Good ideas don’t always make money. That’s the simple premise that Jeremy Russell presents as he outlines his plans for medical devices company OR Productivity.
He’s been chief executive at ORP for nigh on four years and has taken the company to the point where it now has a key product in-house and is in the later stages of negotiation on acquiring a couple more.
But these products have not gleaned Russell’s attention purely for their ingenuity. A brilliant invention may solve a particular problem perfectly, he says, but if an anaesthetist (say) is only going to need it once a year, then its commercial application is limited.
It’s this appreciation of financial reality that the inventors of new applications often fail to appreciate, and which leaves many an idea dead in the water.
Russell, though, is not like that. His focus puts as much emphasis on development as on research, and if anyone’s in a position to appreciate the subtle nuances involved in the distinction, he is.
He gained a PhD in chemistry from the University of Surrey, after which he worked as a senior isotope chemist at Glaxo (LON:GSK), moved on to several roles at Biocompatibles (LON:BTG) and then became R&D director at Smiths Medical, now part of Smiths Group (LON:SMIN).
He has been responsible for launching over 75 products. “My background has been about getting products right and into the market,” he says.
At first he wasn’t sure about ORP’s key product, FreeHand. It allows surgeons conducting minimally-invasive surgery to control the surgical camera robotically via head movements. This dispenses with the need to have a separate junior doctor control the camera and thereby also reduces the wobbles that can creep in towards the end of a procedure.
It’s cheaper, and more efficient. So what’s not to like?
Without beating about the bush, Russell says that in its initial phases the product wasn’t quite right and needed to go through a couple of iterations.
It was supported though by entrepreneur Charles Breese, through his SMARTCO Select financing business.
“Charles wouldn’t let it die,” says Russell, and after a bit of persuading he decided to take on the challenge after all, set a total funding requirement which has so far been kept to, and began to mould the FreeHand business into OR Productivity. More details about the product can be obtained by clicking here for Proactive’s video interview with Jeremy Russell, and here for a product video.
“The concept was that we want to put together a business that takes on technologies and gets them right. The technologies need to be economically and clinically efficient, and we will take them forward using partnerships for manufacturing and commercialisation.
FreeHand is the first, and on the basis of this product alone financial analysis conducted by Hardman & Co suggests that sales could hit over £1.3 mln in two years’ time, while earnings before tax and interest could total £225,000.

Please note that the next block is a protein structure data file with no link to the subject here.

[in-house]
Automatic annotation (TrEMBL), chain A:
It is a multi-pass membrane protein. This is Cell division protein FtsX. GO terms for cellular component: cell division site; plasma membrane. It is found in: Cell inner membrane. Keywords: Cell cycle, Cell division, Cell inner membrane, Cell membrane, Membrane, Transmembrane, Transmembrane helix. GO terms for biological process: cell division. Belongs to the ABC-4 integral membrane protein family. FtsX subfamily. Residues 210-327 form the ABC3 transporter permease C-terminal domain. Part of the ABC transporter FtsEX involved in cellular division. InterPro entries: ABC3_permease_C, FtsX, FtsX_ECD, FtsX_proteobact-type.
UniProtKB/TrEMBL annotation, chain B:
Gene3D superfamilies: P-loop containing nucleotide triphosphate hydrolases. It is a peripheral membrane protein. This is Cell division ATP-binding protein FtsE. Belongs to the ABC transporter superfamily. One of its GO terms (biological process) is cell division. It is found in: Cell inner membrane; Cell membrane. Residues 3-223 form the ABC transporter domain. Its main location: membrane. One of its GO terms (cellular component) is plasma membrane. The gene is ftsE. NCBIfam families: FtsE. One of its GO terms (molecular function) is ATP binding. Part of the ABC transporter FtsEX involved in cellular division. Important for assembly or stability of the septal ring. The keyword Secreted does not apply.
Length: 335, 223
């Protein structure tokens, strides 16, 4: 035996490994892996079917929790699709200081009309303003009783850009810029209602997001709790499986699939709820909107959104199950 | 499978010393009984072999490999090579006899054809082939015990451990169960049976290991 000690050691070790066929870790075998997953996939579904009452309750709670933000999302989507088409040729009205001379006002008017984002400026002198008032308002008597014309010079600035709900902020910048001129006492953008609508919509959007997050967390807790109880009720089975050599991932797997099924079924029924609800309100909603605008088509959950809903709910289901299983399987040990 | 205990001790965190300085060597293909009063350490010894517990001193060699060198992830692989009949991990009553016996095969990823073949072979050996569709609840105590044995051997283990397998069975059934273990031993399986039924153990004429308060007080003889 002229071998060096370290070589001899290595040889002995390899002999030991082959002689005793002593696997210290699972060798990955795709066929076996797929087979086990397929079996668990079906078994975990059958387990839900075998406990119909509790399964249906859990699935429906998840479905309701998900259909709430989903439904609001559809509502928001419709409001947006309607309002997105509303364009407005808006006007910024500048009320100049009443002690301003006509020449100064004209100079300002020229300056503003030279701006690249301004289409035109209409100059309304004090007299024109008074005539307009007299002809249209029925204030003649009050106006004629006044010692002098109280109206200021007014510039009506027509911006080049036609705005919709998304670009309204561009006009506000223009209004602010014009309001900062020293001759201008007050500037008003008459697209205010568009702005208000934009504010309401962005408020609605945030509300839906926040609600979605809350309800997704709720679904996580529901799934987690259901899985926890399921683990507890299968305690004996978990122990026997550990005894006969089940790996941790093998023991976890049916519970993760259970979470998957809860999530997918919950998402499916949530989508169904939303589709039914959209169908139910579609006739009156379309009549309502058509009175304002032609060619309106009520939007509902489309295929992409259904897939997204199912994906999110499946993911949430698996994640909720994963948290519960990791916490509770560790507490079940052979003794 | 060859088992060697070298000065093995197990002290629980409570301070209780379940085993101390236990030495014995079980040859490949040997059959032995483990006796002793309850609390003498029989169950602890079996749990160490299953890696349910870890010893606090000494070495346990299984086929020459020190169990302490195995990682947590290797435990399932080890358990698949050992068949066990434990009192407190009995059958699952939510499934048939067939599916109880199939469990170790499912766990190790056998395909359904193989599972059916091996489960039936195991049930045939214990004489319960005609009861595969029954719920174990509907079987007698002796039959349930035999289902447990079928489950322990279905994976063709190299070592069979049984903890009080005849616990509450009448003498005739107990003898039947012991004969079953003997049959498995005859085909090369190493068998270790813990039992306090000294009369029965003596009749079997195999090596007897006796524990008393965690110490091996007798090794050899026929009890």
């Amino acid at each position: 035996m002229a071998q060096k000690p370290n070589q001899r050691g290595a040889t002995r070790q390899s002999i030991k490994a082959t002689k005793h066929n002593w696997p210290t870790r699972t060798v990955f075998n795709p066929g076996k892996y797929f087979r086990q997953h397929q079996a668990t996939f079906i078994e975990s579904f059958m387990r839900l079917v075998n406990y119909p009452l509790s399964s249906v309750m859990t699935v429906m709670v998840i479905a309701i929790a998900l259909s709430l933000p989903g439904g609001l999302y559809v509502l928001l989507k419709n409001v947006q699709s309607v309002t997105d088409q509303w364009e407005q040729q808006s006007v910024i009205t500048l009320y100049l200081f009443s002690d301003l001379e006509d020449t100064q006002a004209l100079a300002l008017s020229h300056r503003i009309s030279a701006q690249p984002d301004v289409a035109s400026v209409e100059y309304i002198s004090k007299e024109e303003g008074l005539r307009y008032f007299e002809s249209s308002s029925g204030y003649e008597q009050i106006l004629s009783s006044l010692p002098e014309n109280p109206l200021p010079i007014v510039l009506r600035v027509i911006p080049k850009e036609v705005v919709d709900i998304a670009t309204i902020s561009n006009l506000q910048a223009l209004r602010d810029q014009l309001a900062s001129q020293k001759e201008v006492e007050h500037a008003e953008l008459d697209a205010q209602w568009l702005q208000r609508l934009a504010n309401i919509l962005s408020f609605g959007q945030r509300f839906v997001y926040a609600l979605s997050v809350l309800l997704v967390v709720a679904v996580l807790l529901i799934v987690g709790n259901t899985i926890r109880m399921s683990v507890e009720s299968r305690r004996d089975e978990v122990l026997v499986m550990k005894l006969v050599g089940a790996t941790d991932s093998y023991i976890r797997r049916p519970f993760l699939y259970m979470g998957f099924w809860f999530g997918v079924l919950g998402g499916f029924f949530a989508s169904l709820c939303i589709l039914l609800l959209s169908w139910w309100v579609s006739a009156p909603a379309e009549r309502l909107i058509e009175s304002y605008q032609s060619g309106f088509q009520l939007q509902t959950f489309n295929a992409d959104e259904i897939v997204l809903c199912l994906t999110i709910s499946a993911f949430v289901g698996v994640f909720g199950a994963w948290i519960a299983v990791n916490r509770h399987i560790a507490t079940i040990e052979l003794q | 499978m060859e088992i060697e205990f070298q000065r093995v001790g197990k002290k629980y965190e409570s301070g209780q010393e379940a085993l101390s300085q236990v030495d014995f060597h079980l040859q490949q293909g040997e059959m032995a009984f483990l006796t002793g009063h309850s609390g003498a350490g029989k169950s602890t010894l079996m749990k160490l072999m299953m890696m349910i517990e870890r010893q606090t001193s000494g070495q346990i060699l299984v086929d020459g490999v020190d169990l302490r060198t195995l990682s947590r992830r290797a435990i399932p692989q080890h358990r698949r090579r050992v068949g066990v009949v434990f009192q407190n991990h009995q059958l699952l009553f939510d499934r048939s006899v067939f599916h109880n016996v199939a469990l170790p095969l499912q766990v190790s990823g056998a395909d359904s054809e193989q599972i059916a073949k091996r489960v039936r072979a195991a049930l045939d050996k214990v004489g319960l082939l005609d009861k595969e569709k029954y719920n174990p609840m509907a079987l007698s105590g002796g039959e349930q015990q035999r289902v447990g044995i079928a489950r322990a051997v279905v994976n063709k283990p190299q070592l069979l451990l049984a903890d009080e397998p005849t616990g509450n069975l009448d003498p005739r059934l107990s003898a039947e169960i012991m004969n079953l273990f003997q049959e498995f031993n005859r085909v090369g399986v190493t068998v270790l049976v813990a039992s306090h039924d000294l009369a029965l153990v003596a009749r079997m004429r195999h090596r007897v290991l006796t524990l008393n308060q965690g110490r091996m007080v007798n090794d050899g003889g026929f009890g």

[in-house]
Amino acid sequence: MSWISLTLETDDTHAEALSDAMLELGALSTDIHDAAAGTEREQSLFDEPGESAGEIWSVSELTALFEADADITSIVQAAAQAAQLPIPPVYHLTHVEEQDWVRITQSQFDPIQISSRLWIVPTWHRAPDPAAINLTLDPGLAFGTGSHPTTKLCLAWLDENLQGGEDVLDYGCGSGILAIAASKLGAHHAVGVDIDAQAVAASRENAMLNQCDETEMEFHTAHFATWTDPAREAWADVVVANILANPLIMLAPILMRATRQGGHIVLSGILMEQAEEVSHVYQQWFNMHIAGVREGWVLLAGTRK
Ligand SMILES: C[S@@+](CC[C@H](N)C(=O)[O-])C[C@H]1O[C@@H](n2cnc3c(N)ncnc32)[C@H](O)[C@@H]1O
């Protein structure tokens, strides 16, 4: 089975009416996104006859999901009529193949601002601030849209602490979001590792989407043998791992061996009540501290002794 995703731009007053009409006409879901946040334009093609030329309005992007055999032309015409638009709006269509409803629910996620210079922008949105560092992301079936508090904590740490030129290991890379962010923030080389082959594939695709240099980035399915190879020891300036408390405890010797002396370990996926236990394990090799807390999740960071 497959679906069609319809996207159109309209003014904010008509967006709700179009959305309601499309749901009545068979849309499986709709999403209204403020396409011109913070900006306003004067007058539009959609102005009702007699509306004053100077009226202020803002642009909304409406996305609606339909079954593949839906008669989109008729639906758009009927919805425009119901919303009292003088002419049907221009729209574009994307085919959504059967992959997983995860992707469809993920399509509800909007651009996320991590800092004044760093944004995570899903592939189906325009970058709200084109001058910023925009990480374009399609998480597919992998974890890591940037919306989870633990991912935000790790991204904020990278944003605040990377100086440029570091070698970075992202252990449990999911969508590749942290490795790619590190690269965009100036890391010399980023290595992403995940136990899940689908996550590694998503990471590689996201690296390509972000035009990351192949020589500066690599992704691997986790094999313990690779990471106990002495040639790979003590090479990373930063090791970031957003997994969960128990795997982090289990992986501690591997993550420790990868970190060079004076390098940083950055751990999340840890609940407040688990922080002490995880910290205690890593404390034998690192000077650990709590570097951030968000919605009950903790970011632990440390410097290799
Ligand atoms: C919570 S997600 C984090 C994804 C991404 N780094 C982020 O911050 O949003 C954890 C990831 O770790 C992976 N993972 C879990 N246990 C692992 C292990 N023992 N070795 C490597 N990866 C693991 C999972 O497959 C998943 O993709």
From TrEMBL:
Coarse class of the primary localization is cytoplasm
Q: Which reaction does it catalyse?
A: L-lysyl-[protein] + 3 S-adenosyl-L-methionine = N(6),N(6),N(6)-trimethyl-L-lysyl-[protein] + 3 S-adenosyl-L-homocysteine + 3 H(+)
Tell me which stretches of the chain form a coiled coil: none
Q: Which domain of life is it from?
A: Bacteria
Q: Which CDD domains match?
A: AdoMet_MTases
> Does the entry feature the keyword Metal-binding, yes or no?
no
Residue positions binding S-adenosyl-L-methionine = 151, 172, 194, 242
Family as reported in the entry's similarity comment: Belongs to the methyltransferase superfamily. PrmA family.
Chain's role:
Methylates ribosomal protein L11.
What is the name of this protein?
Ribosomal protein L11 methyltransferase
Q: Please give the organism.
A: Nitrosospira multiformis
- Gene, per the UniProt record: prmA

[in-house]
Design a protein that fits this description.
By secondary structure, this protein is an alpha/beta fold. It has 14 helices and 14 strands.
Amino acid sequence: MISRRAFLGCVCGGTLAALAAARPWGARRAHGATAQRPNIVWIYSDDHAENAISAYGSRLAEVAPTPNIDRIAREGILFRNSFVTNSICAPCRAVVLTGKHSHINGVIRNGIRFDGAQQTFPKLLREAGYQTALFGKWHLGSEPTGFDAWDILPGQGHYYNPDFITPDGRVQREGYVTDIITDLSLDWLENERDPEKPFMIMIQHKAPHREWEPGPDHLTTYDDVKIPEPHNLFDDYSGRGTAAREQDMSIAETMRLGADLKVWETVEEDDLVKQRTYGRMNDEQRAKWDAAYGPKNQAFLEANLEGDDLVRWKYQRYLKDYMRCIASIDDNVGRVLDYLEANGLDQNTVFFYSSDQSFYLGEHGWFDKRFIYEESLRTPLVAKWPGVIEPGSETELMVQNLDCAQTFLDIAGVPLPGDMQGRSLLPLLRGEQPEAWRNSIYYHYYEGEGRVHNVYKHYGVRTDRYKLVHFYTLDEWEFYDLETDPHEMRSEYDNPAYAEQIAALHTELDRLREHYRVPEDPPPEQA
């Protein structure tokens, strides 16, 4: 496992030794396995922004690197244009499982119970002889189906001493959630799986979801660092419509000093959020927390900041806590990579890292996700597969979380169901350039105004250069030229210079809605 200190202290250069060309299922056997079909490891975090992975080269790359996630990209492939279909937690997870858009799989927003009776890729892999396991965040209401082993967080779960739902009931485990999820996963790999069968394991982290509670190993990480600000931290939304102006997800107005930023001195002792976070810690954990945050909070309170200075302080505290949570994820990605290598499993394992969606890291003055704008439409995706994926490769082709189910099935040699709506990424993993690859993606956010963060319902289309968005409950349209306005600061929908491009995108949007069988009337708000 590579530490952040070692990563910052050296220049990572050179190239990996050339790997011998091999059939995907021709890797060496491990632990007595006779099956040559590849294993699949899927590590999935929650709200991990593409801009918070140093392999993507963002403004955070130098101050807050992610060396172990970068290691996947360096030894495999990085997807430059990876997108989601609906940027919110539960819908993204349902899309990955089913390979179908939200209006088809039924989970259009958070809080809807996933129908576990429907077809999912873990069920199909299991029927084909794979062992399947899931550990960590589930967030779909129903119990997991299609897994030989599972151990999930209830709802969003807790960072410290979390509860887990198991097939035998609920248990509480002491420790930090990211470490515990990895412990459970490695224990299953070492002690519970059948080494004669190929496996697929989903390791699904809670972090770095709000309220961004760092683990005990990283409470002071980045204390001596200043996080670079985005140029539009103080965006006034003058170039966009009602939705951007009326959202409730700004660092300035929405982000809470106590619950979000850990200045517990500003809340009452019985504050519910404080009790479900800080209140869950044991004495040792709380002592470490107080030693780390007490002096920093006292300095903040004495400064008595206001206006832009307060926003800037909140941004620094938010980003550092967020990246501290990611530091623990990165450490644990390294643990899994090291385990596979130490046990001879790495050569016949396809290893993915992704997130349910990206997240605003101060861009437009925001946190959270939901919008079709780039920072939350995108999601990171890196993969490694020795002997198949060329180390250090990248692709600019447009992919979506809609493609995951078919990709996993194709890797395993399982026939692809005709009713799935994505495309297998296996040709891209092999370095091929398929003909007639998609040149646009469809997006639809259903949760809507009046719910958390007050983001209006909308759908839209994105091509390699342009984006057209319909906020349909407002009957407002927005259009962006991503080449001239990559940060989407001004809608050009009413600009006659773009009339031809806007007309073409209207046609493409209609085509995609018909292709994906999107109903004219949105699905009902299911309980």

It’s an enticing proposition, especially when supported by the additional products that Russell hopes to bring to the table.
But that growth needs to be funded, and to that end ORP is currently looking to raise £1.5 mln privately through business angels and through the SyndicateRoom crowd-funding platform and a trading facility on the Asset Match private market.
Syndicate Room is slightly different from other crowd-funding sources in that it doesn’t put forward any proposition that hasn’t already been backed by angels. That way there’s a certain amount of in-built due diligence to any deal on offer, and investors can be further reassured because they will only ever be offered the opportunity to invest on the same terms as the angels.
It’s also strongly supported by Charles Breese, which helps.
Syndicate Room and Asset Match are disruptive of traditional pre-IPO financing in a way that mirrors the disruption that ORP hopes to deliver for the benefit of both patients and health service providers.
Still, if the effects on medical devices and operational practice turn out to be disruptive, the business model itself is very straightforward, which is why Breese is keenly promoting ORP as a SMARTCO.
“There is stacks of good technology around,” says Breese. “But there’s also a shortage of teams to shift the technology and realise its commercial potential. The plan with ORP is to create a mini-conglomerate focused on minimally invasive medicine.”
The key, though, he continues, is for the company to generate recurring revenues along the lines of a utility.
Thus the FreeHand unit is installed in a given theatre at a cost of a few thousand pounds, but each time it’s used disposable items bought from ORP will be required. Thus if the unit is used, say, between 10 and 20 times per month, that would equate to revenue of between £1,000 and £2,000 per month if each disposable were to cost a notional £100.
Given that the machinery would become a sunk cost after a few months, such income has the potential to be very high margin – as high as 70% reckons Russell.
This is a young, fast-moving business that’s adopted an innovative approach to its pre-IPO funding activities that’s in keeping with its innovative approach to product development.
By using Syndicate Room, Asset Match, Hardman - and our very own service at Proactive - for funding, trading, research, and media respectively this is a company that will have the look and feel of a listed company long before it actually does list.
With that in mind, early investors may well find that they turn out to be the ones reaping the biggest rewards.
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